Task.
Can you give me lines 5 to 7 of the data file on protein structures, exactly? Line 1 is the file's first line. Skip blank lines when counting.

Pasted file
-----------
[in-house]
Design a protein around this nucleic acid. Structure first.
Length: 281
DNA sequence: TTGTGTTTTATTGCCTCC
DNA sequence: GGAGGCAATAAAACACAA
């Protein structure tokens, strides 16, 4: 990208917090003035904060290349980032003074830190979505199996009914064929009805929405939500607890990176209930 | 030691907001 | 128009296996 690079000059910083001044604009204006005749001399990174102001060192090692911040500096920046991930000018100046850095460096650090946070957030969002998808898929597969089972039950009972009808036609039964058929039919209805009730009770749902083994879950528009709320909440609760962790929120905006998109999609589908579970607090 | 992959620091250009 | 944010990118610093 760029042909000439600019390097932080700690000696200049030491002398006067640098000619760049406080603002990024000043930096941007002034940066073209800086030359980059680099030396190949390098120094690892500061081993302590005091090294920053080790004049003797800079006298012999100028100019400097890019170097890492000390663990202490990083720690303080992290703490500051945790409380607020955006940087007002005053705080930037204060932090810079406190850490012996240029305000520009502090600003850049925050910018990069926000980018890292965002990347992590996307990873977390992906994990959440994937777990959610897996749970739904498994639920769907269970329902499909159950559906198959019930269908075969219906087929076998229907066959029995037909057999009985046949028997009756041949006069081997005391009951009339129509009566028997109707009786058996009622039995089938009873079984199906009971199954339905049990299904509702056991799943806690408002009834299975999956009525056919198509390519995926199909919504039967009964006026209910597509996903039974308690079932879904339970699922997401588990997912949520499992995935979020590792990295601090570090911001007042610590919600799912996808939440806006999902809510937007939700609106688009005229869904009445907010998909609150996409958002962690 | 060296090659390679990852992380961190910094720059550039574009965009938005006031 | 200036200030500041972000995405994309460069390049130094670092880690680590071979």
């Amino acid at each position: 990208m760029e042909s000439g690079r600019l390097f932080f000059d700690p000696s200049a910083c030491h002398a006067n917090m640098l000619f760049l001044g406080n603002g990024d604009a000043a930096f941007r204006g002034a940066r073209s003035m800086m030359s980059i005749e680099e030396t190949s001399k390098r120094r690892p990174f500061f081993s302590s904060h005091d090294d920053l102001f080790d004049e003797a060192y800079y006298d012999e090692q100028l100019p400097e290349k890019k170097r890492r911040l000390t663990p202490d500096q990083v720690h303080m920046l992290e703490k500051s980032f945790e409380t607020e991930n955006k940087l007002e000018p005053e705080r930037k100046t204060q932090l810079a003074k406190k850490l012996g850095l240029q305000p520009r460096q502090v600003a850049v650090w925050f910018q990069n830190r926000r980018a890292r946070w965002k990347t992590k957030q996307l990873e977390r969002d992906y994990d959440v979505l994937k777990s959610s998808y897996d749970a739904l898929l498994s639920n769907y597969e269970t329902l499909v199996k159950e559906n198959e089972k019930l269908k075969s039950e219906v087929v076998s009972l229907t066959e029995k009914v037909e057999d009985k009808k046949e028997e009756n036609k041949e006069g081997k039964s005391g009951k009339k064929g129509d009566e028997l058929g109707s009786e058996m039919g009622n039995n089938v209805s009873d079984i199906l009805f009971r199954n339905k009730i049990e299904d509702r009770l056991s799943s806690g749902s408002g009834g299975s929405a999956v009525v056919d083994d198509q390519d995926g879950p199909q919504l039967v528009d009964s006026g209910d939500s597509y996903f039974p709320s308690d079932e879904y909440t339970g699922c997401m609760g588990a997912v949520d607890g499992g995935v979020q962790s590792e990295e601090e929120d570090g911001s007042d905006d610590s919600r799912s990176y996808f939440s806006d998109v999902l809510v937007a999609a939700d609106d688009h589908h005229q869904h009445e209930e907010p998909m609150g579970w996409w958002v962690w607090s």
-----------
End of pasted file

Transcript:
DNA sequence: GGAGGCAATAAAACACAA
């Protein structure tokens, strides 16, 4: 990208917090003035904060290349980032003074830190979505199996009914064929009805929405939500607890990176209930 | 030691907001 | 128009296996 690079000059910083001044604009204006005749001399990174102001060192090692911040500096920046991930000018100046850095460096650090946070957030969002998808898929597969089972039950009972009808036609039964058929039919209805009730009770749902083994879950528009709320909440609760962790929120905006998109999609589908579970607090 | 992959620091250009 | 944010990118610093 760029042909000439600019390097932080700690000696200049030491002398006067640098000619760049406080603002990024000043930096941007002034940066073209800086030359980059680099030396190949390098120094690892500061081993302590005091090294920053080790004049003797800079006298012999100028100019400097890019170097890492000390663990202490990083720690303080992290703490500051945790409380607020955006940087007002005053705080930037204060932090810079406190850490012996240029305000520009502090600003850049925050910018990069926000980018890292965002990347992590996307990873977390992906994990959440994937777990959610897996749970739904498994639920769907269970329902499909159950559906198959019930269908075969219906087929076998229907066959029995037909057999009985046949028997009756041949006069081997005391009951009339129509009566028997109707009786058996009622039995089938009873079984199906009971199954339905049990299904509702056991799943806690408002009834299975999956009525056919198509390519995926199909919504039967009964006026209910597509996903039974308690079932879904339970699922997401588990997912949520499992995935979020590792990295601090570090911001007042610590919600799912996808939440806006999902809510937007939700609106688009005229869904009445907010998909609150996409958002962690 | 060296090659390679990852992380961190910094720059550039574009965009938005006031 | 200036200030500041972000995405994309460069390049130094670092880690680590071979």
């Amino acid at each position: 990208m760029e042909s000439g690079r600019l390097f932080f000059d700690p000696s200049a910083c030491h002398a006067n917090m640098l000619f760049l001044g406080n603002g990024d604009a000043a930096f941007r204006g002034a940066r073209s003035m800086m030359s980059i005749e680099e030396t190949s001399k390098r120094r690892p990174f500061f081993s302590s904060h005091d090294d920053l102001f080790d004049e003797a060192y800079y006298d012999e090692q100028l100019p400097e290349k890019k170097r890492r911040l000390t663990p202490d500096q990083v720690h303080m920046l992290e703490k500051s980032f945790e409380t607020e991930n955006k940087l007002e000018p005053e705080r930037k100046t204060q932090l810079a003074k406190k850490l012996g850095l240029q305000p520009r460096q502090v600003a850049v650090w925050f910018q990069n830190r926000r980018a890292r946070w965002k990347t992590k957030q996307l990873e977390r969002d992906y994990d959440v979505l994937k777990s959610s998808y897996d749970a739904l898929l498994s639920n769907y597969e269970t329902l499909v199996k159950e559906n198959e089972k019930l269908k075969s039950e219906v087929v076998s009972l229907t066959e029995k009914v037909e057999d009985k009808k046949e028997e009756n036609k041949e006069g081997k039964s005391g009951k009339k064929g129509d009566e028997l058929g109707s009786e058996m039919g009622n039995n089938v209805s009873d079984i199906l009805f009971r199954n339905k009730i049990e299904d509702r009770l056991s799943s806690g749902s408002g009834g299975s929405a999956v009525v056919d083994d198509q390519d995926g879950p199909q919504l039967v528009d009964s006026g209910d939500s597509y996903f039974p709320s308690d079932e879904y909440t339970g699922c997401m609760g588990a997912v949520d607890g499992g995935v979020q962790s590792e990295e601090e929120d570090g911001s007042d905006d610590s919600r799912s990176y996808f939440s806006d998109v999902l809510v937007a999609a939700d609106d688009h589908h005229q869904h009445e209930e907010p998909m609150g579970w996409w958002v962690w607090s």